This year's general elections will be the first to be held in more than eight years.
"There is little confidence in the process at the moment," Anthony said in a statement to Radio Australia.
Felix Anthony is a former union leader elected as leader of his party Saturday.
Anthony added that the process governing the general elections -- the first after the bloodless military coup of 2006 that brought Frank Bainimarama to power -- is a disadvantage to the minority groups living on outer islands.
He also criticised the fact that the ballots force the voters to choose a number rather than a party or candidate directly by their name.
"What we are likely to see is a large number of invalid votes coming through," said Anthony, whose party promised to protect workers' rights.
Fiji passed a new constitution in 2013 and at the beginning of this year it established the Electoral Commission responsible for organising general elections.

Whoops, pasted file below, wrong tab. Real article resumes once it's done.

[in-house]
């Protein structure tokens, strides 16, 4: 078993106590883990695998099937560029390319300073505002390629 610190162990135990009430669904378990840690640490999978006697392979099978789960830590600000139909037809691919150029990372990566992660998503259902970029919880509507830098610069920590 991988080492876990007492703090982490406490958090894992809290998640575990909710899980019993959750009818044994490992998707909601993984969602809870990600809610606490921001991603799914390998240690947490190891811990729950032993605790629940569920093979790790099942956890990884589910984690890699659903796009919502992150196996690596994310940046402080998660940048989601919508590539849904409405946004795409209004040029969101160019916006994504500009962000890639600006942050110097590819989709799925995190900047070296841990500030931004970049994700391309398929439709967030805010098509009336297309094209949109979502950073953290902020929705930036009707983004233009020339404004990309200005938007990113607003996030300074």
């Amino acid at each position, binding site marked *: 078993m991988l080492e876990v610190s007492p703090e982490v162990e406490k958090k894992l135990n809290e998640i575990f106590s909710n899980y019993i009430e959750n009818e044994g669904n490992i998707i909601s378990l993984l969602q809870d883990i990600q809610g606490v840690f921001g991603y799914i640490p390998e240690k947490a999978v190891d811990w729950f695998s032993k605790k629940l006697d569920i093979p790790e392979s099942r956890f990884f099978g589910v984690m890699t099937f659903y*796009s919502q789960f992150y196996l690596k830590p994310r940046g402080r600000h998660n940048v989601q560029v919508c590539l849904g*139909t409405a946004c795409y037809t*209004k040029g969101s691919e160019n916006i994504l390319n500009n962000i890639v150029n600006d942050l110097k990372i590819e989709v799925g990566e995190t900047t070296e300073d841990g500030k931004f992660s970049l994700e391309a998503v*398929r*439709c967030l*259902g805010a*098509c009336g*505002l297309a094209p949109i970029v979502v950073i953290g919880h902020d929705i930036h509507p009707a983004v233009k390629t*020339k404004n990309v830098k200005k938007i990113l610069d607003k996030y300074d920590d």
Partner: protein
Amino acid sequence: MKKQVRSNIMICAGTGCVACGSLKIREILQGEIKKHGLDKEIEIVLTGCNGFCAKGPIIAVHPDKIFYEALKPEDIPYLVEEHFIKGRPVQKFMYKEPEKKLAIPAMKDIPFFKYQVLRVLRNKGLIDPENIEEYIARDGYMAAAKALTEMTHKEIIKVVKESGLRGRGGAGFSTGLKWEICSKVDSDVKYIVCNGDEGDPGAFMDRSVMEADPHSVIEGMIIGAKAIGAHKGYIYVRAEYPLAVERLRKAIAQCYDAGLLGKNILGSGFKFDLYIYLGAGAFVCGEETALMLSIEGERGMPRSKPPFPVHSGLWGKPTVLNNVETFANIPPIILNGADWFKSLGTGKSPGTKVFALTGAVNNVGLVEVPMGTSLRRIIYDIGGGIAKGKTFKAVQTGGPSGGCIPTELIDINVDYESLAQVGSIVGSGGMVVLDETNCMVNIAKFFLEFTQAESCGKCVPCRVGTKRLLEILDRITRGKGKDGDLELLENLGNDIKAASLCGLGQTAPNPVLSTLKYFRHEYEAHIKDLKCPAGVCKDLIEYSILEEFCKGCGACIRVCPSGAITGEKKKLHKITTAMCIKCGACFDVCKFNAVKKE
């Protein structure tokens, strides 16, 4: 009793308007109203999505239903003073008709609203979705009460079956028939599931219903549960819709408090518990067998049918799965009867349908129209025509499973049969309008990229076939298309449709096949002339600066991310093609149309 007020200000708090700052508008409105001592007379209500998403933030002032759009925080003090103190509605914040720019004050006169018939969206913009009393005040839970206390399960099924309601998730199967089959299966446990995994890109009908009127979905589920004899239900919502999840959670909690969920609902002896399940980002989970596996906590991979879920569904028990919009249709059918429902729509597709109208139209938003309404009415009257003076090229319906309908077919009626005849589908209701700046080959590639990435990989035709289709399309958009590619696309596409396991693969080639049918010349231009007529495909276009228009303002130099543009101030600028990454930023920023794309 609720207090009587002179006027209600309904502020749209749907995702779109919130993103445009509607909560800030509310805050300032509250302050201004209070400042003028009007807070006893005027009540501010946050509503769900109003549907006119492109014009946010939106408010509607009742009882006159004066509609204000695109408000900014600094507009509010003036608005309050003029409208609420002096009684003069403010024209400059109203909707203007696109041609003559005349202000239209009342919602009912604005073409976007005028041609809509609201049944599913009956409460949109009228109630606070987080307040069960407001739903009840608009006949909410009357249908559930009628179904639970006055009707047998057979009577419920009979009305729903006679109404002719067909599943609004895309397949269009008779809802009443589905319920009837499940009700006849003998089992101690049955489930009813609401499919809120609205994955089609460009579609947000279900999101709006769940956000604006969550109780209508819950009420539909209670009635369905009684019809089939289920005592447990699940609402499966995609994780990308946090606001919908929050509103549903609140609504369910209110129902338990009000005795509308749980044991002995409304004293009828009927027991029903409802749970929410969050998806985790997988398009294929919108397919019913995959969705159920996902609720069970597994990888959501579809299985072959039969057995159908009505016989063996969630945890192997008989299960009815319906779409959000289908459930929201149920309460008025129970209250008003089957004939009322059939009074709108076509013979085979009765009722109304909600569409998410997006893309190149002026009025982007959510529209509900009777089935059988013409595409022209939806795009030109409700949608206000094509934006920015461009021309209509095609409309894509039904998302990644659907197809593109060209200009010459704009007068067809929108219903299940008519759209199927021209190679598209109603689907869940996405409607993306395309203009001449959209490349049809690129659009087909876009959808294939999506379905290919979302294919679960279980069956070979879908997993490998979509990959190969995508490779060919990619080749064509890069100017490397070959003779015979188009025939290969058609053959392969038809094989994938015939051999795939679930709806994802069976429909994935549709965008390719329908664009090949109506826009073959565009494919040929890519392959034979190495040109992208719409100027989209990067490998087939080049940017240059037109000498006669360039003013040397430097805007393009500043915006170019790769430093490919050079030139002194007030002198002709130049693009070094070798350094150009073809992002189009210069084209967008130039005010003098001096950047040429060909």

Prime Minister Bainimarama transferred the leadership of the armed forces, a position which he occupied since 1999, in order to participate in the elections.
Fiji has a population of 800,000 inhabitants and since its independence in 1970 has experienced four coups due to unequal distribution of power between the Fijian community and the ethnic Indian community.
Ethnic Indians comprise 37 percent of Fiji's total population of around 870,000.
Most of them are descendants of indentured labourers who were brought in from India between 1879 and 1916 to work in the country's sugarcane plantations.